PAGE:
Excerpt: An Admirer
Why did it only ever rain when the day needed no further assistance in being rotten? Couldn’t even the weather take pity on him?
He lingered as he reached the awning of the pottery shop, hoping the rain would shortly ease off into a drizzle. Days like this, he really hated that he lived on the opposite side of the city from the university. Halfway there, and he still had a mile to go.
At least his stuff was dry. It had cost him most of the meager coin with which he had arrived, three years ago, but it had been worth the expenditure to purchase a waterproofed satchel.
He winced as his newly set jewels throbbed, setting off the ache in his wrists all over again. They were covered in soft gauze that had been spell-treated to keep the jewels from all harm until they had properly fused and healed.
As with everything else in his life, the jewels had proven problematic. One mage in a hundred has a nasty reaction to the embedding process—and of course he had been that one. Recuperating in the healing ward had cost him three hours of study time.
Oh, well. It would hardly be the first time he had gone without a night of sleep.
Which reminded him that rent was due, though he’d scarcely forgotten. If he didn’t have it, the landlady would be mysteriously out of tea and soup for his supper. Luckily, he did have it, though only barely.
The sound of laughter drew him from his thoughts, and he watched as a group of students wandered by the intersection not too far off. A couple of their faces looked familiar, and nearly all of them had gauze at their wrists and forehead.
Out celebrating their embedments, of course. It was, short of graduation and appointment as real mages, the moment all mages most anticipated. Stone embedding meant they could actually start doing the magic they had been learning for the past three years.
Tomorrow, nearly all the third years would wander in hung over or still drunk. Why shouldn’t they? It was a true occasion for celebration. They were almost real mages.
Kaeck sighed as the students vanished, settled his satchel, and dove back out into the rain that showed no sign of ever slowing. His boots splashed in puddle, the water leaking in through holes in the soles to further drench his already soaked socks.
He trudged on, reassured only by the five coppers in his small purse. He’d been half afraid that Professor Wenton would not remember to show up today with his money, but he had, and so he had five coppers for the next week’s rent, and three more for necessities and savings.
His steps slowed as he passed another tavern and glimpsed more students inside, bright and cheery in the warm orange light of the tavern lanterns. They passed platters of food back and forth, knocking together tankards of ale or glasses of wine.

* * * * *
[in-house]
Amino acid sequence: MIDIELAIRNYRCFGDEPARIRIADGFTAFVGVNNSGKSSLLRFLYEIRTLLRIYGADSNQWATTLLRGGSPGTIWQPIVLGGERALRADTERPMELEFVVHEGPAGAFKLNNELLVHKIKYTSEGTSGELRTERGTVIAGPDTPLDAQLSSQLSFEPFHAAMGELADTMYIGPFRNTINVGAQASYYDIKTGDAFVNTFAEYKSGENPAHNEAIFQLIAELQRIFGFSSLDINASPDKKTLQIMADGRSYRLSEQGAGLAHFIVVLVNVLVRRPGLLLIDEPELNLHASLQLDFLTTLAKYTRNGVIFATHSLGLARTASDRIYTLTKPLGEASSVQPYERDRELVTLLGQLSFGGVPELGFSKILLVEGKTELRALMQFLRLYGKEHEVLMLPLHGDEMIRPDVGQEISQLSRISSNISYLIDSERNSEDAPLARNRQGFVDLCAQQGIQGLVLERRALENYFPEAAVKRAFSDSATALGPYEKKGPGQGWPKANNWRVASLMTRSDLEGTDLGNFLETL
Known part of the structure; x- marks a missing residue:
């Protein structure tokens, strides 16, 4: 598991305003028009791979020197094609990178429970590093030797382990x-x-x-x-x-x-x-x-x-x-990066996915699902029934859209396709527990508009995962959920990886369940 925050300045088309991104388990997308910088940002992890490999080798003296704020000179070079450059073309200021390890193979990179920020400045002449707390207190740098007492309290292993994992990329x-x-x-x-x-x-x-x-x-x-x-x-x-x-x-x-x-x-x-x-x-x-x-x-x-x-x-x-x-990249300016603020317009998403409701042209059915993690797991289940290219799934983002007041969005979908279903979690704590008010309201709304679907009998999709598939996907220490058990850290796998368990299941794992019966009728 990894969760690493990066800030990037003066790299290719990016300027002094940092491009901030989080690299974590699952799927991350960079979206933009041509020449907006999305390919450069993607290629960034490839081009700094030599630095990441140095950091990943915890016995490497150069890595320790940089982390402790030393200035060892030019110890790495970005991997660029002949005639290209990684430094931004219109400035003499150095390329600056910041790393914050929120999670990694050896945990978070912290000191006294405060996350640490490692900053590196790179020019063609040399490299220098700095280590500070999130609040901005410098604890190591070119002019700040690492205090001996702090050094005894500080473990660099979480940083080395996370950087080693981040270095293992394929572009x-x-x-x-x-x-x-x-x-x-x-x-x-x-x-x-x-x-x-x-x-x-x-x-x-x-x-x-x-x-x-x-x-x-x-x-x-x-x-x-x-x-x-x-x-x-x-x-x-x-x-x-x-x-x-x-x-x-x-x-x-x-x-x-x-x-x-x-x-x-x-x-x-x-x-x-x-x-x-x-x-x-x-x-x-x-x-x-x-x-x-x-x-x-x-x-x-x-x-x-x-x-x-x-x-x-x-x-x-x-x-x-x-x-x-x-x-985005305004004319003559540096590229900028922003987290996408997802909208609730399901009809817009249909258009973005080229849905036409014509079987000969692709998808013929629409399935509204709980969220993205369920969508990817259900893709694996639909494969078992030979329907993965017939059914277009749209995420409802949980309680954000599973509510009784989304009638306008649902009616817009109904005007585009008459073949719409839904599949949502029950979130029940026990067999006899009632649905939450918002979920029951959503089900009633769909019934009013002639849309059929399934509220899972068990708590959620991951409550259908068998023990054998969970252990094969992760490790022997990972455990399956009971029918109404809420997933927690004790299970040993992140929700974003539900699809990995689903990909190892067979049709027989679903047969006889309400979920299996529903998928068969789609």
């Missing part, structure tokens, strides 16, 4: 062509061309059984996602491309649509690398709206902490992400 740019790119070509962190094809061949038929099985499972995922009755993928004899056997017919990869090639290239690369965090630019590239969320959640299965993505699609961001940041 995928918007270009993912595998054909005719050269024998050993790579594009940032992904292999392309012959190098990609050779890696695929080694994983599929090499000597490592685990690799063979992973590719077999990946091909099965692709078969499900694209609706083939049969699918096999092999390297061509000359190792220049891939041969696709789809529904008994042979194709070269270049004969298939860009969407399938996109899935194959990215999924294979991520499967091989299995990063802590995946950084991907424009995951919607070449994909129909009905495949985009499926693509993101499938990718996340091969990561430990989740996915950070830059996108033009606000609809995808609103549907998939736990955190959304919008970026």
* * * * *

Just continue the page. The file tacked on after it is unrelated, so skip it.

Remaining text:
Ducking his head, he sternly reminded himself that even if he had been invited out anywhere, he would have had to refuse for lack of coin.
He breathed a sigh of relief as the inn finally came into view. It wasn’t much, the Merry Hearth, but it was his home here in the city. A simple little inn that catered mostly to wanders, tinkers, farmers, and others of that ilk.
Slipping around back, he slid beneath the roof covering the back stoop and shucked all his outer clothing, hanging it over the railing. Then he retrieved his satchel and went inside, dashing quickly up the back steps, all the way up to the attic where his little room was located. Once there, he fumbled around in his trunk for fresh clothes.
Removing his wet drawers, he hung them on a line strung from one end of the room to the other, and set the chamber pot to catch the dripping water. Then he scrambled into his dry clothes—just in time, as a sharp knock came at the door.
Kaeck rolled his eyes, and opened the door.
“There you are,” Myla said with a smile that didn’t really reach her eyes. “I was beginning to fear the weather might have had it in for ya.”
“Not at all, just slowed me down a little,” Kaeck murmured, then went to his satchel and drew out his purse, counting out five of his precious coppers.
She beamed as he dropped them into her hand. “You’re a good lad. We’re a bit busy tonight, if you want to help…?”
“Of course,” he murmured obediently. Like he had a choice? Their arrangement was that in exchange for helping out around the inn, he got half off his rent. Why did she phrase it like a question or a request, when they both knew it was an order?
He followed her down the stairs, and after making certain the spelled gauze was still secure, bent to scrubbing and washing and sweeping and fetching, until she finally let him go three hours later.
She was obviously in a good mood, which was nice, because it meant she added a stale chunk of bread to the soup and tea on his supper tray. Bidding Myla a good night, he took his tray and fled before she thought of something else for him to do.